Though, you can always start over. For example; from a newer version of frequency measurements.

Ah, that’s interesting. So the initial audiogram or in-situ isn’t relevant except for an initial fitting. tweaking, necessarily deviates from the “prescription” for comfort and translation of desired hearing. Correct?

I think I had heard that not staying with the prescription (regardless of which type of test result those came from) meant you’re not address the loss accurately, and therefor could experience hearing/brain “atrophy” in those areas. An audiologist once mentioned something to this affect.

Tweaking is not meant to deviate from the “prescription”. It’s meant to enhance. And, it is not necessarily for “all” situations. For example is could be specifically for speech in loud noise, wind noise, etc.

The fitter decides how much to keep, stray, enhance, or ignore the “prescription”.

I can’t say what your wild monkey brain will do? But yes, it needs to adapt to the sounds presented. This is why ppl who are new to hearing aids (meaning they are shocked by loud sounds which are actually normal) are setup with volumes that are gradually increased over a period of time.

PVC, at the risk of overthinking this, I want to make sure I understand something. If an online HA fitter wants your latest audiogram prior to sending out, then sends you hearing aids based on that, and THEN, at fitting session #1 (online and remote) proceeds to do an in-situ (called sensogram in widex speek), it makes the initial audiogram moot. My guess is that this is done this way, in this type of sale, so that the hearing aids have some semblence of usability right out of the box when they arrive, and settings are then “refined” and built upon in that first session, with the in-situ. Is that a correct statement?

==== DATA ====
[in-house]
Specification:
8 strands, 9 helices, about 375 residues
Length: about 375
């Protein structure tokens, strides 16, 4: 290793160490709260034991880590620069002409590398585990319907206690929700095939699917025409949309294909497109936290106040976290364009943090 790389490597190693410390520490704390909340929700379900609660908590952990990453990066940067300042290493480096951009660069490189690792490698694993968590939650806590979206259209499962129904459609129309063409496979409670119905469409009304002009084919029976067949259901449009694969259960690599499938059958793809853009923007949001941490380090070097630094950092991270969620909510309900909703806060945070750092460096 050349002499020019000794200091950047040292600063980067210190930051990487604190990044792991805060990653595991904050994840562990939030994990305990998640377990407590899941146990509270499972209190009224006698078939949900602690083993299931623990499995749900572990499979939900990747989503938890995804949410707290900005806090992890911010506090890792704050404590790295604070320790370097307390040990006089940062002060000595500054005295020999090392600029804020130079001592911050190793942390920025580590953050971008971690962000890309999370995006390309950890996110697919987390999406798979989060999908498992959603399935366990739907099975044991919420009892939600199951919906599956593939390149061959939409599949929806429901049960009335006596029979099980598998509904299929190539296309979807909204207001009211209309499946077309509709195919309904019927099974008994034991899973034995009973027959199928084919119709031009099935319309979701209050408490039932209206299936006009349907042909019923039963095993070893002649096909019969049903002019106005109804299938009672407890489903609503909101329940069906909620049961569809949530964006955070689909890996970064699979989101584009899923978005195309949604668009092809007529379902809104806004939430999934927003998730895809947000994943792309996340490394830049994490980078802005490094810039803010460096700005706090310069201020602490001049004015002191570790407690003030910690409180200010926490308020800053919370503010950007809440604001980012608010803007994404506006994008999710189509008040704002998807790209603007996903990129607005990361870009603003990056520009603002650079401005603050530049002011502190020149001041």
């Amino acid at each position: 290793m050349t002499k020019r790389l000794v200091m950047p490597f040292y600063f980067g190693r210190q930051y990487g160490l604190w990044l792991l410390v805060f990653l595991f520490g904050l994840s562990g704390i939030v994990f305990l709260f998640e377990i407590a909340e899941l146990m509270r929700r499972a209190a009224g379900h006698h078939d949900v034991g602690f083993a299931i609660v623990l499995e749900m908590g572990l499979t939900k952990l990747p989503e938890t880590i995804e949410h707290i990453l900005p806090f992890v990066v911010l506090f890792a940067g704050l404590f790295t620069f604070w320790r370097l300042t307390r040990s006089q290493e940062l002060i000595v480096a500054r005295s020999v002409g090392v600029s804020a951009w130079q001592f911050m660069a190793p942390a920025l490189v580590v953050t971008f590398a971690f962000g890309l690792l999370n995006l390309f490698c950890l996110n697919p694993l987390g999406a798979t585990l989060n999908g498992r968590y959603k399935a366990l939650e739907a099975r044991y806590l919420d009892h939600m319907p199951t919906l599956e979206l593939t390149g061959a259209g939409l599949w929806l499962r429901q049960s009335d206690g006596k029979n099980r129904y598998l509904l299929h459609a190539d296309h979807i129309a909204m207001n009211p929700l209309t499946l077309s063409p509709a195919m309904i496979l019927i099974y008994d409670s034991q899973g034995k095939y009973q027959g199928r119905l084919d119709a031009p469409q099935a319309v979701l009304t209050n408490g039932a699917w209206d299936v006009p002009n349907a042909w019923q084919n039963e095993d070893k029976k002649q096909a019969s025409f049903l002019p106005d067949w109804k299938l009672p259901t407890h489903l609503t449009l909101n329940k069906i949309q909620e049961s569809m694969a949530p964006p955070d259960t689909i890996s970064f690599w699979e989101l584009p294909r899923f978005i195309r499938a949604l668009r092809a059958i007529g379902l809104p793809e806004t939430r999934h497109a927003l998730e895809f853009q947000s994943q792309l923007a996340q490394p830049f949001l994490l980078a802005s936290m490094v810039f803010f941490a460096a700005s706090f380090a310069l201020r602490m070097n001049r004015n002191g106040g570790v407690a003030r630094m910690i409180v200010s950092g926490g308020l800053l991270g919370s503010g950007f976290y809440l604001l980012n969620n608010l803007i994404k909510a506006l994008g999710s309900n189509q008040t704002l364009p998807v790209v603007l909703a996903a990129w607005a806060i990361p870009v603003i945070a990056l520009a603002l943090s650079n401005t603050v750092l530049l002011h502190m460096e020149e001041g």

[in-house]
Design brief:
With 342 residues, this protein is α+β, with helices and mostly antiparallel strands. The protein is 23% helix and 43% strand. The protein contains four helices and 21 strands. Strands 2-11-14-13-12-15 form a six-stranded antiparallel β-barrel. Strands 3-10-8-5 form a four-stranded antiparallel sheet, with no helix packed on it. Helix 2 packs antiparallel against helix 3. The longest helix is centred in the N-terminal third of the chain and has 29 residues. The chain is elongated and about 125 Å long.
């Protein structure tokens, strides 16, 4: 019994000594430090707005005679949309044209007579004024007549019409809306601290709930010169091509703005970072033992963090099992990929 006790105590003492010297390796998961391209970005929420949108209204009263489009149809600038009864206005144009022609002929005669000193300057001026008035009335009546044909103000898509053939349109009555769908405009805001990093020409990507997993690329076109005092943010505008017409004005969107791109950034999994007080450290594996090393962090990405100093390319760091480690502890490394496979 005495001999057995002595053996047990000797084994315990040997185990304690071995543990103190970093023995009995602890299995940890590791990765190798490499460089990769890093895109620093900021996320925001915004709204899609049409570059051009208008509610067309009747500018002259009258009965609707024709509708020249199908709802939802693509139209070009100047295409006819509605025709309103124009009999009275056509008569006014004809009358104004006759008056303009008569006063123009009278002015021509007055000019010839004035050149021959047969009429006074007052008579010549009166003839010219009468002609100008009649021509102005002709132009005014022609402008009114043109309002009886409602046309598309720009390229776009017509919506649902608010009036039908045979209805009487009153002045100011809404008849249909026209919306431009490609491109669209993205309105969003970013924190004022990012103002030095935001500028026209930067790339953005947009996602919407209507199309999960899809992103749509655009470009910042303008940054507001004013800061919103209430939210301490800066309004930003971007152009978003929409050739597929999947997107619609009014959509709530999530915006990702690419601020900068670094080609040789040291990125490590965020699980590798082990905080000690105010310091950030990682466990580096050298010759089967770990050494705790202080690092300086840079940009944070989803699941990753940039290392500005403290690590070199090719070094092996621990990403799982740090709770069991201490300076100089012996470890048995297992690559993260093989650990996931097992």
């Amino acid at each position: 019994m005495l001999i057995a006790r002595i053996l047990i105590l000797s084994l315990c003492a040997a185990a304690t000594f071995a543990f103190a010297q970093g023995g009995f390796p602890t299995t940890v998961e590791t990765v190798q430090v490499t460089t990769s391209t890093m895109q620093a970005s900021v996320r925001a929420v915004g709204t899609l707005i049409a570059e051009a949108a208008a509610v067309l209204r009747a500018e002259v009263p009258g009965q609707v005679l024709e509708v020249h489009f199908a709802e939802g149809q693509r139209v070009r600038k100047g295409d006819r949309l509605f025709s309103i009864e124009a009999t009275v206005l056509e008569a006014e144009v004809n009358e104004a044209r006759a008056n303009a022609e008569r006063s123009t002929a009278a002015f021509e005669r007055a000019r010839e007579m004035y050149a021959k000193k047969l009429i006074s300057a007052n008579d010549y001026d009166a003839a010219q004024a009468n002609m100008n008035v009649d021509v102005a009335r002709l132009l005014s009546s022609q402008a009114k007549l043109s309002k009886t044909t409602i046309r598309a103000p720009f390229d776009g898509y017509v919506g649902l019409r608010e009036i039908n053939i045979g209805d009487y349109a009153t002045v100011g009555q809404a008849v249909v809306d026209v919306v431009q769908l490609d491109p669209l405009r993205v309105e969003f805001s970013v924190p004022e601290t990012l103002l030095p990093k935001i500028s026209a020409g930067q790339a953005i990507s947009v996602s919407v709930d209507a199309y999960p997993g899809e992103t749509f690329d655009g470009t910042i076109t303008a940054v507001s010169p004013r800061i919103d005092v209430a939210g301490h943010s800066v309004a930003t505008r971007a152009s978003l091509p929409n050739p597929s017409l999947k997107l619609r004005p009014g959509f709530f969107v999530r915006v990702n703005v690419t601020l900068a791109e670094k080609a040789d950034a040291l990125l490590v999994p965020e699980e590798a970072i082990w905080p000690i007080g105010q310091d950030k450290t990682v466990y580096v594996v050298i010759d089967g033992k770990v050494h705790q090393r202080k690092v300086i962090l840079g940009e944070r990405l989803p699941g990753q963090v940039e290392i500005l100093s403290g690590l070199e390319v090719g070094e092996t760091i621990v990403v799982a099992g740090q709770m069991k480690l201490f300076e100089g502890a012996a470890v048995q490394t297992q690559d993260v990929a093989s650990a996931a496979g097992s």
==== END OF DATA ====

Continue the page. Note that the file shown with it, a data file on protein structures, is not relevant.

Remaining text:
So really, a self programmer doesn’t need an audiologist to do hearing tests for initial fittings. It’s simply open fitting software, choose the domes, do an in-situ, and tweak away. Also a correct statement?

Thank you

There is no open software.

Yes, DIYers don’t need an Audi for the basic mechanics. But don’t discount other valuable services. REM for example.

No one needs to perform in-situ measurements for you. You do it yourself. But Yes, in-situ replaces your previous settings (including wiping out REM, if any).

Typo - I meant “It’s simply you opening the fitting software, then choosing the domes…” etc


PVC, since you and @tenkan are helping me out, I’ll ask in this thread. Without anyone telling me how to replace wax guards (or to clean in general), I attempted to clean out my wax guards with the provided pick tools on a couple of occasions. I read somewhere today that this can damage the HAs. I wasn’t particularly aggressive about it, I just inserted the pick thingy into the wax guard hole until it met resistance, and swished it around to try to pull wax out. Only found out today that they should be changed once a month or more (fitter has never mentioned it, or even what they are).

I wonder if this might explain some of the volume difference between the otherwise identical pairs of hearing aids - one pair that has been trialed for about 6 weeks now, and the other pair (same make model) that seems louder and has only been worn a few times, and didn’t seem at all the same, despite having identical settings loaded. what are the chances I damaged something trying to clean a disposable wax guard?

just gonna respond to my own thread for anyone else that needs to read this. I replaced the wax guards on my widex moment sheers, and see that it’s near impossible to damage anything beneath or behind them, because each wax guard contains a “trap” at its bottom (like a kitchen sink) to prevent debris (AND any cleaning tool) from traveling past it to where it might damage something.

1 Like

thanks - great general cleaning info, and a great example of how much the search tool provides too - interesting that my HAP doesn’t provide basic info like a forum can. Another check mark for DIY. Thank God for this forum, and thank you pvc